A tenancy agreement will always exist between a landlord and tenant, whether or not it is in writing. A tenancy agreement consists of the arrangements the landlord and tenant have made about the tenancy, as well as any rights automatically incorporated in the tenancy agreement by law (statutory rights). The tenancy agreement can give both landlord and tenant more than their statutory rights ; it cannot take away rights that they have by law.
The ‘express terms’ of the tenancy agreement are those which were specifically agreed in writing (or orally, although this is harder to prove) between a landlord and tenant. ‘Implied terms’ are terms which, whilst not specifically in the agreement, are part of it because they are either written down in an Act of Parliament (‘statutory implied terms’) or have been established in the past by cases in court.
For more Government guidance on how to rent.
A tenancy agreement can, therefore, be made up of:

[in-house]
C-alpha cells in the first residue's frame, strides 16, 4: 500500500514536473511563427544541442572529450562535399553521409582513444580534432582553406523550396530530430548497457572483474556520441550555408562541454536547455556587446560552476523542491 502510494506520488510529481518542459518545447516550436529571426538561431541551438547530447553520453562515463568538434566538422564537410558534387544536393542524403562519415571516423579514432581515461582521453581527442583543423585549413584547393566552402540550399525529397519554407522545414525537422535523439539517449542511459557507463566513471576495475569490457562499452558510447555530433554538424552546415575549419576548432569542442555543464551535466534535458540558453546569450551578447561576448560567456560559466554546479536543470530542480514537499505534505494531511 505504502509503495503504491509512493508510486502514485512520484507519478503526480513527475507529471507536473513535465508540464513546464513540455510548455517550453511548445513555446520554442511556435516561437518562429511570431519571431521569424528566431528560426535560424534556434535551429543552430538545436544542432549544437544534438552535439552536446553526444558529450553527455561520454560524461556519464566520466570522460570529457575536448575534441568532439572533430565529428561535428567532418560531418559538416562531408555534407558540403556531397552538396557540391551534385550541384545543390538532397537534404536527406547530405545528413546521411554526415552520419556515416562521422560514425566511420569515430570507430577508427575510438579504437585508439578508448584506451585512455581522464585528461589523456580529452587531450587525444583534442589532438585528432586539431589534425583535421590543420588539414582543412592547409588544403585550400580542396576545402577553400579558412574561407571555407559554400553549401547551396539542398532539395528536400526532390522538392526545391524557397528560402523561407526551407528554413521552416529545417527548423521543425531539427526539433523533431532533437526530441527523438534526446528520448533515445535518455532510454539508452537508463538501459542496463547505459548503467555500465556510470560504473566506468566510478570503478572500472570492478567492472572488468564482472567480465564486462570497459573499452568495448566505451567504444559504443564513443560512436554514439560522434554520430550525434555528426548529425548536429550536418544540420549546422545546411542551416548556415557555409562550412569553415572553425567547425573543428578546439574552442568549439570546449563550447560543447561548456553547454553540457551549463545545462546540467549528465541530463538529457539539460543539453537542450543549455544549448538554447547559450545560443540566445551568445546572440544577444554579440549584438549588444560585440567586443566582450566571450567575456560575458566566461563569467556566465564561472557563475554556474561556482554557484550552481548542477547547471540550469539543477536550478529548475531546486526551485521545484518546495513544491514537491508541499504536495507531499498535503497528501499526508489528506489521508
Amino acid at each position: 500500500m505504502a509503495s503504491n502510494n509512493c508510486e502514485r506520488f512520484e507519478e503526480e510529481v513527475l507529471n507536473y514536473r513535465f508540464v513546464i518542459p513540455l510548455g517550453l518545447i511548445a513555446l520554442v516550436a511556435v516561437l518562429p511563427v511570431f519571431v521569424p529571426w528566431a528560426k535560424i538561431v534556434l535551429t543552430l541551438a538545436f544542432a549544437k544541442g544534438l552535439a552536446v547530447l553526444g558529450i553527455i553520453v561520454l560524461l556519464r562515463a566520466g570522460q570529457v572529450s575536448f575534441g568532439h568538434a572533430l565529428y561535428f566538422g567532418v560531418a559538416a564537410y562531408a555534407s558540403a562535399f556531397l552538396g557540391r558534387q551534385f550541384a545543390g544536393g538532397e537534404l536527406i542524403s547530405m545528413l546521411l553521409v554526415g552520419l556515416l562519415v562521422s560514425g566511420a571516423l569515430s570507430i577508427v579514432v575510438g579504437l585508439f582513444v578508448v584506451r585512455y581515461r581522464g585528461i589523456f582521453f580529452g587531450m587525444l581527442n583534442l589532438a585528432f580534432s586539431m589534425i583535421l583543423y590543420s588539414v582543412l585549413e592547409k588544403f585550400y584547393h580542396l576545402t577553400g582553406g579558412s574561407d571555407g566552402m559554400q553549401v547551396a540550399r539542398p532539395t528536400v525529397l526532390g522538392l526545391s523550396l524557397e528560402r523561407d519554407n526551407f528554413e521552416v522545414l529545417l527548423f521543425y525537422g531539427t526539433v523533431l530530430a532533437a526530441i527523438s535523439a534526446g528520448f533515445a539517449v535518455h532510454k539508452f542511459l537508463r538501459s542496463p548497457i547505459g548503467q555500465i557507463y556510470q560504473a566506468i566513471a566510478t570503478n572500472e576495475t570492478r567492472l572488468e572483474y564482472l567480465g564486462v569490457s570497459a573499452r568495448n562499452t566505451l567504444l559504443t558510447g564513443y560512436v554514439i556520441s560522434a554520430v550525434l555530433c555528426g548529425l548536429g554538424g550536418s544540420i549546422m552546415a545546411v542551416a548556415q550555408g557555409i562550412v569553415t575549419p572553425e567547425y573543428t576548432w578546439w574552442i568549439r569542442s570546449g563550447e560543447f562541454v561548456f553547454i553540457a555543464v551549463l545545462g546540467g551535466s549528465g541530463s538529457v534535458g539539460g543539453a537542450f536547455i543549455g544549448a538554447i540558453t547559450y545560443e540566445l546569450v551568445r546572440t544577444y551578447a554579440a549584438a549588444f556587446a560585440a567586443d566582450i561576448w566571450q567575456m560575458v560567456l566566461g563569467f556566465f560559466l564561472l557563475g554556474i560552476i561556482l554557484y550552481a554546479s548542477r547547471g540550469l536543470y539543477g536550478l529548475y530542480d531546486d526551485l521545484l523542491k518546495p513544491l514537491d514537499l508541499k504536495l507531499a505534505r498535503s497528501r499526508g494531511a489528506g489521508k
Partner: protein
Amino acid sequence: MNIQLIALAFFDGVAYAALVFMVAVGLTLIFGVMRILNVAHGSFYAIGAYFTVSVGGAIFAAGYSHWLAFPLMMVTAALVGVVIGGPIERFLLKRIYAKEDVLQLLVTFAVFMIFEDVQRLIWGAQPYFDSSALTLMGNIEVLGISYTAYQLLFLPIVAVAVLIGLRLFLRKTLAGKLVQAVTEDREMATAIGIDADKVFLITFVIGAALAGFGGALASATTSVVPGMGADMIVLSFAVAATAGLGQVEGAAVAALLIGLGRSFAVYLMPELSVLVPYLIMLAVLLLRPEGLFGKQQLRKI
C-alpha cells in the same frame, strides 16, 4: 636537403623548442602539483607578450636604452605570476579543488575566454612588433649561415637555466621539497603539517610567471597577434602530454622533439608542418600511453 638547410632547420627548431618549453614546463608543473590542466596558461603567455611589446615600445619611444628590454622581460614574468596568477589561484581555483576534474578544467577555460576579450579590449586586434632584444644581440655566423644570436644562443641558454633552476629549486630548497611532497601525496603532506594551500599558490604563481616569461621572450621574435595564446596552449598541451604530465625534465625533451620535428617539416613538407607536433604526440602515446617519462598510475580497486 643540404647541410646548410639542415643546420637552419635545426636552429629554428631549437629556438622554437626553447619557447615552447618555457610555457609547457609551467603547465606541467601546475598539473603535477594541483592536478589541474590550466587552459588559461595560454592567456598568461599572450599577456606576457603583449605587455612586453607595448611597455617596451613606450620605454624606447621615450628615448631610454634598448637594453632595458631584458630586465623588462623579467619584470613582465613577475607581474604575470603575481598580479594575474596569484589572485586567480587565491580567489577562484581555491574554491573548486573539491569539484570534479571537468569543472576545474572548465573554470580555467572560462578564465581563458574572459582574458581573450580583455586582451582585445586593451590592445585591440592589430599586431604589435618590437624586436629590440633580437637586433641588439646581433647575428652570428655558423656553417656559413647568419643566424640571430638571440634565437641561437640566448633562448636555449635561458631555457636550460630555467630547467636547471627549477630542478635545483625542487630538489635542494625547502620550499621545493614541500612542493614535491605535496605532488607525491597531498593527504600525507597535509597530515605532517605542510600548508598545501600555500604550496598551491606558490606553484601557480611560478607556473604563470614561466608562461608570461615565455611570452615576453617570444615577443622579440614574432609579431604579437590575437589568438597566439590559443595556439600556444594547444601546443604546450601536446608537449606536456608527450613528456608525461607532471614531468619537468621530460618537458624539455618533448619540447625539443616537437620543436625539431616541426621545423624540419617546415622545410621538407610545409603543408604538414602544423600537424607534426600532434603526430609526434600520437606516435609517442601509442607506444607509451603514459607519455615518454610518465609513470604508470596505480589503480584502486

- A written signed agreement. These are express terms of the agreement.
- What was agreed orally. These are also express terms of the agreement, but may be difficult to prove, unless there were witnesses.
- Any rights conferred by statute or established by case law. These are implied terms of the agreement.
- What was written in the original rent book.
- Any arrangements/agreements made since the tenancy started. These are also implied terms of the agreement.
If you have a problem with your landlord, the first thing to do is look at any written agreement you have. This could be in a contract or it could be a letter or email from your landlord/agent.
The tenant has a right of quiet enjoyment of the tenancy. This means that you can occupy the premises without being disturbed by the landlord or her/his agents. Quiet enjoyment is an implied contractual right whether or not it is written into the tenancy agreement.